#100DaysOfCode in Python Transcripts
Chapter: Days 34-36: Refactoring / Pythonic code
Lecture: Refactoring 10: quality code best practices

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0:00 Alright number 10, bonus, the last refactoring item.
0:03 I'm just going to talk over some
0:05 general coding best practices
0:07 because of course Pythonic code is important
0:10 and pleasant to read but it's often also a matter
0:13 of sticking to the best of role coding practices.
0:16 For example, make sure your units of code are short.
0:20 Typically, a function or method should
0:23 be around like 10, 15 lines max.
0:26 It can be very Pythonic but if you start to
0:29 write functions of hundreds of lines of code, it's not good.
0:32 It's not easy to maintain.
0:33 So this is your 10 guidelines to make
0:35 your code more maintainable.
0:37 Some other ones I want to highlight here,
0:39 write code once duplication is a monster.
0:42 You really want to prevent having
0:44 the same code defined in multiple places.
0:47 Keep unit interfaces small, so that
0:49 means when you have functions the number
0:51 of arguments to get if you keep that to a
0:54 reasonable level, it's easier to maintain.
0:56 For example, if you have a function that
0:58 takes 10 arguments, not easy to maintain.
1:01 You could consider passing around a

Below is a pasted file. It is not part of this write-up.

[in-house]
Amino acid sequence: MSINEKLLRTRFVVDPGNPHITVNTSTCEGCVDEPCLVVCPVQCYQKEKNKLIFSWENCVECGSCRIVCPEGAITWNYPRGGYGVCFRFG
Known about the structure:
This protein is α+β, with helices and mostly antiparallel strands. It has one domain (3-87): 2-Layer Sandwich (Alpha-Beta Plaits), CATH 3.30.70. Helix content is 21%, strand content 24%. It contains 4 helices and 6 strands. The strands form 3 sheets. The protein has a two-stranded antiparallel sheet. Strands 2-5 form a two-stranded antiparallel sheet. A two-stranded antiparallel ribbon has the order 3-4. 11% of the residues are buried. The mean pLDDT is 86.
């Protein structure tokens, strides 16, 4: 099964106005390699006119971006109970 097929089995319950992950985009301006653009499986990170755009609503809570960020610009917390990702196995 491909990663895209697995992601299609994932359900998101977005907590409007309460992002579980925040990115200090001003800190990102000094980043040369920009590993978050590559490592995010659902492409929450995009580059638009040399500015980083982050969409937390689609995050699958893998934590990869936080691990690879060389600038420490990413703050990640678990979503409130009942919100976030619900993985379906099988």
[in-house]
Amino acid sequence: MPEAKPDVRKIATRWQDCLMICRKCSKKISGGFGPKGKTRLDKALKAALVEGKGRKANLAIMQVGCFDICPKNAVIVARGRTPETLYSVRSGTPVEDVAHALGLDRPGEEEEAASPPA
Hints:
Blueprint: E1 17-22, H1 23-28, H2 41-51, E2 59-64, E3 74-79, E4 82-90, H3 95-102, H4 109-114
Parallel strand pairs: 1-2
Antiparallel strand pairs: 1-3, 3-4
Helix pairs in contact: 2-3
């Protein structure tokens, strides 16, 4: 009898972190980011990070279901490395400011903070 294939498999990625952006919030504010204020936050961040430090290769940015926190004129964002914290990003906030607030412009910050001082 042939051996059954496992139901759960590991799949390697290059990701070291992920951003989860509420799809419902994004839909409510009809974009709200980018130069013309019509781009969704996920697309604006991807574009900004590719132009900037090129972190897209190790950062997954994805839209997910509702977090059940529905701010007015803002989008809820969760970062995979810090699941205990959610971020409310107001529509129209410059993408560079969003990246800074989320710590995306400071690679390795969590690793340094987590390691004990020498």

1:03 class or refactoring to a class modules.
1:06 Again, that's the part of name spaces of the Zen.
1:10 It's good to have similar behaviors
1:12 or similar objects grouped together in files.
1:15 To not have one file holding 10 classes,
1:18 split those out in files, right?
1:20 Which makes it easier to reuse them in other programs.
1:23 Testing of course, you want to automate your testing
1:27 that when you make changes you have this regression
1:30 suite that you can just run in seconds
1:32 and highlight if you introduced a new failure.
1:35 Which, if your system becomes more complex, might happen.
1:38 This is an automatic way to catch that
1:41 and keep the quality of your software high.
1:43 In day 10 you learned about pytest
1:45 and how to write tests so that's really important here.
1:48 There's also a lot of habit around this
1:50 so if you get into the habit of writing clean
1:54 code, keeping to high standards, it means
1:56 that when you go into your code base, you leave
1:58 the campground cleaner than you found it, right?
2:01 I love the anology in the pragmatic programmer
2:05 book about having a small crack in
2:08 a window if I remember correctly?
2:10 Leaving that unattended leads to broken windows
2:14 and the same is true for your code base.
2:16 If you let small bad habits creep in
2:18 it might actually lead to a lot of damage in the long term.
2:21 It's really about having good habits
2:24 around writing clean code, run the PEP8 checker
2:27 on your codes, see if it's formatted properly,
2:30 the right conventions are used, etc.